Voiceprinting is becoming a widespread identification and authentication tool for banks and even public authorities. Voiceprinting privacy concerns and GDPR compliance need to be discussed too.
As technology advances and the world shifts more and more towards electronic and online platforms, new means of digitally identifying individuals are constantly being introduced.
One such digital identification tool which has been experiencing a surge of use over the last three to five years is voiceprinting—technology which authenticates individuals with voice alone.
In fact across the globe, several organizations including banks, credit unions and government agencies are already making use of this technology.
In 2016, for instance, Citi was reported to have launched a project to automatically verify a customer’s identity by voice within the first few seconds of the conversation. Citi’s adoption of voice printing was presented as a means of reducing time to service by eliminating the manual authentication process—potentially cutting a typical call center call by a minute or more.
Yet while voiceprint technology is being lauded as a security game-changer and a customer-service home run there are undoubtedly privacy and data protection concerns.
Just four months ago the Information Commissioner’s Office (ICO) issued a final enforcement notice to HM Revenue & Customs (HMRC) to delete millions of unlawful voiceprints after an investigation revealed that the UK tax office had collected biometric data without giving customers sufficient information about how their biometric data would be processed and had also failed to give customers the chance to give or withhold consent. The May 2019 final enforcement notice gave HRMC 28 days to complete the deletion of all biometric data held under the Voice ID system for which it does not have explicit consent.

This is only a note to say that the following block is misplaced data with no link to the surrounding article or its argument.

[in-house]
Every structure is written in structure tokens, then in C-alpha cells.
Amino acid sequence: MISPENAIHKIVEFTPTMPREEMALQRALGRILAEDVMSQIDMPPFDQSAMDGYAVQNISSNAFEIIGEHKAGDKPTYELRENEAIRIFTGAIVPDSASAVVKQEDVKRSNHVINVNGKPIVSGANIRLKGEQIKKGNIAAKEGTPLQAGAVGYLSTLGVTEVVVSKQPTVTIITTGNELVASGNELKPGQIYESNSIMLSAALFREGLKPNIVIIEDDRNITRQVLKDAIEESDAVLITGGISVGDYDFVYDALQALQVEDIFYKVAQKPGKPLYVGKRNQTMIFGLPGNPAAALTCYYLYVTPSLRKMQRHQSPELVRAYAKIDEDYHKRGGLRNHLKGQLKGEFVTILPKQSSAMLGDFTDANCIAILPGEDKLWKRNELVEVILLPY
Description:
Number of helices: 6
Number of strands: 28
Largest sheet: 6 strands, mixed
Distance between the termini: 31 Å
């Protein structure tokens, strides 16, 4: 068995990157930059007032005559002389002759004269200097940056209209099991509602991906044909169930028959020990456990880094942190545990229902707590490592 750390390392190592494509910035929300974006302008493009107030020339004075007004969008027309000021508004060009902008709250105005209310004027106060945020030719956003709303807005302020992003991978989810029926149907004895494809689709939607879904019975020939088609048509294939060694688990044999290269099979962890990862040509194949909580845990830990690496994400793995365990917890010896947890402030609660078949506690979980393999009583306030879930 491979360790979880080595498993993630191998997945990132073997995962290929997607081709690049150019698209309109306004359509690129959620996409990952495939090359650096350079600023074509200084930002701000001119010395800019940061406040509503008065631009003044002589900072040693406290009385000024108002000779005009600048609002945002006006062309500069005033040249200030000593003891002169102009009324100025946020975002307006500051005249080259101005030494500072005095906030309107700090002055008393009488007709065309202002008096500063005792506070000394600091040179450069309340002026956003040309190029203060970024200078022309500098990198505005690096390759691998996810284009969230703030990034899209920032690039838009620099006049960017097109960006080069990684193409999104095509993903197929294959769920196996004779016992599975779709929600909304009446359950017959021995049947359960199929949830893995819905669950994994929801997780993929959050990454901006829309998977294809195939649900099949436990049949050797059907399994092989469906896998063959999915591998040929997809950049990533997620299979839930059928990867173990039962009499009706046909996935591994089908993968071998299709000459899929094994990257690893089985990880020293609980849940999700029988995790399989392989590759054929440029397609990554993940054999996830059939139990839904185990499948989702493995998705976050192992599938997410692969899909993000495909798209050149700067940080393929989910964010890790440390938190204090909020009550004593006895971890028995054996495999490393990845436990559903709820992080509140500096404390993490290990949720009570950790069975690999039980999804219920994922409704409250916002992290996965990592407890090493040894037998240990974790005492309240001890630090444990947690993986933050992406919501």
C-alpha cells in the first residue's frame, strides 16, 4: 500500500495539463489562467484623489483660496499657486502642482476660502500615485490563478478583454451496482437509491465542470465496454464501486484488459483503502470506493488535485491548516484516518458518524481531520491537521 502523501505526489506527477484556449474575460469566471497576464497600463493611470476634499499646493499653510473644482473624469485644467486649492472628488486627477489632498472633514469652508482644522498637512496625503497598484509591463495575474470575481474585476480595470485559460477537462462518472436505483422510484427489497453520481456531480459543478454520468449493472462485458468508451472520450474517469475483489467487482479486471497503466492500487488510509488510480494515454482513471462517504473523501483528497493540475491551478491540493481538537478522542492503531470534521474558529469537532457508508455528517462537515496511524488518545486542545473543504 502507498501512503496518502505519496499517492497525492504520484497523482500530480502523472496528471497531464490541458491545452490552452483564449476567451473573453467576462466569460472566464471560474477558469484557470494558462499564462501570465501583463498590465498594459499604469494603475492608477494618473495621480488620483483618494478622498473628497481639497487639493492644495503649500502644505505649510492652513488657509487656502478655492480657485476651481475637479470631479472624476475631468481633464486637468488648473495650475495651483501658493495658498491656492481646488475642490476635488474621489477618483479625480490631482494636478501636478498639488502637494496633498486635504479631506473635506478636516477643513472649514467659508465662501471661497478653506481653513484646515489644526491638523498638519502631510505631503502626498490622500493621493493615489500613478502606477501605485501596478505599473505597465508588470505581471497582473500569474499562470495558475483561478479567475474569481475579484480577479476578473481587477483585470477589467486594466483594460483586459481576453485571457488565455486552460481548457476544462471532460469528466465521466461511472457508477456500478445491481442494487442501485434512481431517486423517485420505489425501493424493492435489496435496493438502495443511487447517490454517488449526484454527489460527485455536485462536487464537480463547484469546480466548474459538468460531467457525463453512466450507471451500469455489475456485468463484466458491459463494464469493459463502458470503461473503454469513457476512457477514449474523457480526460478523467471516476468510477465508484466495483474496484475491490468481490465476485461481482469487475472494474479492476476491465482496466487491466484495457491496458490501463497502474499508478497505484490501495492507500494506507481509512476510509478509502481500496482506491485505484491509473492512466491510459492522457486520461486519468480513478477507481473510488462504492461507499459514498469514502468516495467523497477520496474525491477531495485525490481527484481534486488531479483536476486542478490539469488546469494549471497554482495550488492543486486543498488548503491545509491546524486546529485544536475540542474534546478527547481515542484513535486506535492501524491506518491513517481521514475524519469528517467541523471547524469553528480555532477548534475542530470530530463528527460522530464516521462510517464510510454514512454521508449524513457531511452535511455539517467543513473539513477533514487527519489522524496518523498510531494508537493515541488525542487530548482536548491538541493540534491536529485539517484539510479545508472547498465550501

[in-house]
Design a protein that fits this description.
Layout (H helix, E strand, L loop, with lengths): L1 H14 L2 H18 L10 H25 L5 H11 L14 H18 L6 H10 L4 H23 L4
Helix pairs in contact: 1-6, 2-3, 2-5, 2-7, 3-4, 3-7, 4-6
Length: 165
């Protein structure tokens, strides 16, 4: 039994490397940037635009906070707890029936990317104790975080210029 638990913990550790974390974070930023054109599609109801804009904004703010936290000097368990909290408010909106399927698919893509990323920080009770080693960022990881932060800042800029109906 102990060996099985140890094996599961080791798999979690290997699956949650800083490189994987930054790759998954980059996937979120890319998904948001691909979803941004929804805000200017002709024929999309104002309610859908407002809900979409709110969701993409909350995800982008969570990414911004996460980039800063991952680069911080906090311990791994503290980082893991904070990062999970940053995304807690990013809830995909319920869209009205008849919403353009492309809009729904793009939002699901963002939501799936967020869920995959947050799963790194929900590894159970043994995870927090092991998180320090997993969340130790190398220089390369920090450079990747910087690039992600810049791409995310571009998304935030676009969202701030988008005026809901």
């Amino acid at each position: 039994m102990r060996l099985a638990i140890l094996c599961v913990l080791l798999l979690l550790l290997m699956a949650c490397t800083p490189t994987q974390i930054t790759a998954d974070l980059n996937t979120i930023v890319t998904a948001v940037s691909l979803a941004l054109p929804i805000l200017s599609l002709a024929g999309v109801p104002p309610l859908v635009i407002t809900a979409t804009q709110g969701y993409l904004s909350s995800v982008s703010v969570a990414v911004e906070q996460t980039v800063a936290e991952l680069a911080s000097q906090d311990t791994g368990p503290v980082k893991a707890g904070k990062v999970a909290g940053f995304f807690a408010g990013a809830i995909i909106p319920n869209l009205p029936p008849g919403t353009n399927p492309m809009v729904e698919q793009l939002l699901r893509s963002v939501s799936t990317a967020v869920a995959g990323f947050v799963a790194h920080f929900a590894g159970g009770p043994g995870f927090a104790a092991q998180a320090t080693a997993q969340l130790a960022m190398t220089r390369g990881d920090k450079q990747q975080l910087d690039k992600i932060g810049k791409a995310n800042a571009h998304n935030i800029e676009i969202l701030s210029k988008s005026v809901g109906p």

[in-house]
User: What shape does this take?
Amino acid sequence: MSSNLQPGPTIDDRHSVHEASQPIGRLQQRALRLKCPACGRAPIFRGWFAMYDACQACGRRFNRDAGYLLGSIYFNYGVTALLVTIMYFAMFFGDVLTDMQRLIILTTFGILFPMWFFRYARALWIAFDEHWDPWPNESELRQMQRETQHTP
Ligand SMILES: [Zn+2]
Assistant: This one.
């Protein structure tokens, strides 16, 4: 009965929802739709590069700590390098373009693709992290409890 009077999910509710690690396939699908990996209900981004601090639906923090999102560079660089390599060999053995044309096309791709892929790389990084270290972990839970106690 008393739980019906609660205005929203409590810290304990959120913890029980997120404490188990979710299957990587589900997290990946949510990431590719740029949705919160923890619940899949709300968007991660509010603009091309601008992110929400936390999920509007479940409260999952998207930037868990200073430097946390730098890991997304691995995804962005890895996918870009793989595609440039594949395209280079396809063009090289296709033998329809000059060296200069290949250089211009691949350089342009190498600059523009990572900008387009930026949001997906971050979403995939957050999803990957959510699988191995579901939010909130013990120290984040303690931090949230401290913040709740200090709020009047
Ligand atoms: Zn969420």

“Since a voiceprint is regularly used to re-identify a person, it needs to be processed based on a lawful processing basis, just like any other personal data. This basis may be the individual’s consent or legitimate interest, subject to legitimate interest assessment in line with GDPR,” comments Dr Bostjan Makarovic, Aphaia managing partner.